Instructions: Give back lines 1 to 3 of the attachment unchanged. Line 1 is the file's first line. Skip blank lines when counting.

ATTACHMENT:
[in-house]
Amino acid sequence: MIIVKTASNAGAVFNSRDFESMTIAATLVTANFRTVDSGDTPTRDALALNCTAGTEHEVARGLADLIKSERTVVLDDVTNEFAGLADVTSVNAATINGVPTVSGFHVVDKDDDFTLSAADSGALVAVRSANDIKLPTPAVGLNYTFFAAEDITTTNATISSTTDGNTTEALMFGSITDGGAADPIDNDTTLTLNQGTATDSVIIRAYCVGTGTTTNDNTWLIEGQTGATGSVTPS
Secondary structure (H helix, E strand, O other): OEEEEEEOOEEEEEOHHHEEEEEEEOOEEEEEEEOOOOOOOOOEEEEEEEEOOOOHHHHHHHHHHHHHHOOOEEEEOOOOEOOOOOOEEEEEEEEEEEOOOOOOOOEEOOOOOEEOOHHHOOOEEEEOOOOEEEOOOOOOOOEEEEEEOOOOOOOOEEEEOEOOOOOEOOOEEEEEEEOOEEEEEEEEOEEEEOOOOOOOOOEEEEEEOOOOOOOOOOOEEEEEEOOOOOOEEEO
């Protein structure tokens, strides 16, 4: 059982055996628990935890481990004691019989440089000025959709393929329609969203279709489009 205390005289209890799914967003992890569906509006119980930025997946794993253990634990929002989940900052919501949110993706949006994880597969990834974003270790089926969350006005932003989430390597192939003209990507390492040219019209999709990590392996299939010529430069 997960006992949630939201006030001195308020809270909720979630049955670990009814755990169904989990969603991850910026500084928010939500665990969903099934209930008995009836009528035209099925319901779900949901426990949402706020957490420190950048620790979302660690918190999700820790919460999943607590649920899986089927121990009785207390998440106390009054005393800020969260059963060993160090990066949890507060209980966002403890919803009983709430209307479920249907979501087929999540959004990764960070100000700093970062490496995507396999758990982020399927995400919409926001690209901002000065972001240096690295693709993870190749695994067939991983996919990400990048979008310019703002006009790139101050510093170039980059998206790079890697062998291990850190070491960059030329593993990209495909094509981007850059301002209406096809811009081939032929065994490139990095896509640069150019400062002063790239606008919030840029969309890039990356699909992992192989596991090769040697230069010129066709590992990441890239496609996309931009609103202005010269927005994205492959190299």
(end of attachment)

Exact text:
[in-house]
Amino acid sequence: MIIVKTASNAGAVFNSRDFESMTIAATLVTANFRTVDSGDTPTRDALALNCTAGTEHEVARGLADLIKSERTVVLDDVTNEFAGLADVTSVNAATINGVPTVSGFHVVDKDDDFTLSAADSGALVAVRSANDIKLPTPAVGLNYTFFAAEDITTTNATISSTTDGNTTEALMFGSITDGGAADPIDNDTTLTLNQGTATDSVIIRAYCVGTGTTTNDNTWLIEGQTGATGSVTPS
Secondary structure (H helix, E strand, O other): OEEEEEEOOEEEEEOHHHEEEEEEEOOEEEEEEEOOOOOOOOOEEEEEEEEOOOOHHHHHHHHHHHHHHOOOEEEEOOOOEOOOOOOEEEEEEEEEEEOOOOOOOOEEOOOOOEEOOHHHOOOEEEEOOOOEEEOOOOOOOOEEEEEEOOOOOOOOEEEEOEOOOOOEOOOEEEEEEEOOEEEEEEEEOEEEEOOOOOOOOOEEEEEEOOOOOOOOOOOEEEEEEOOOOOOEEEO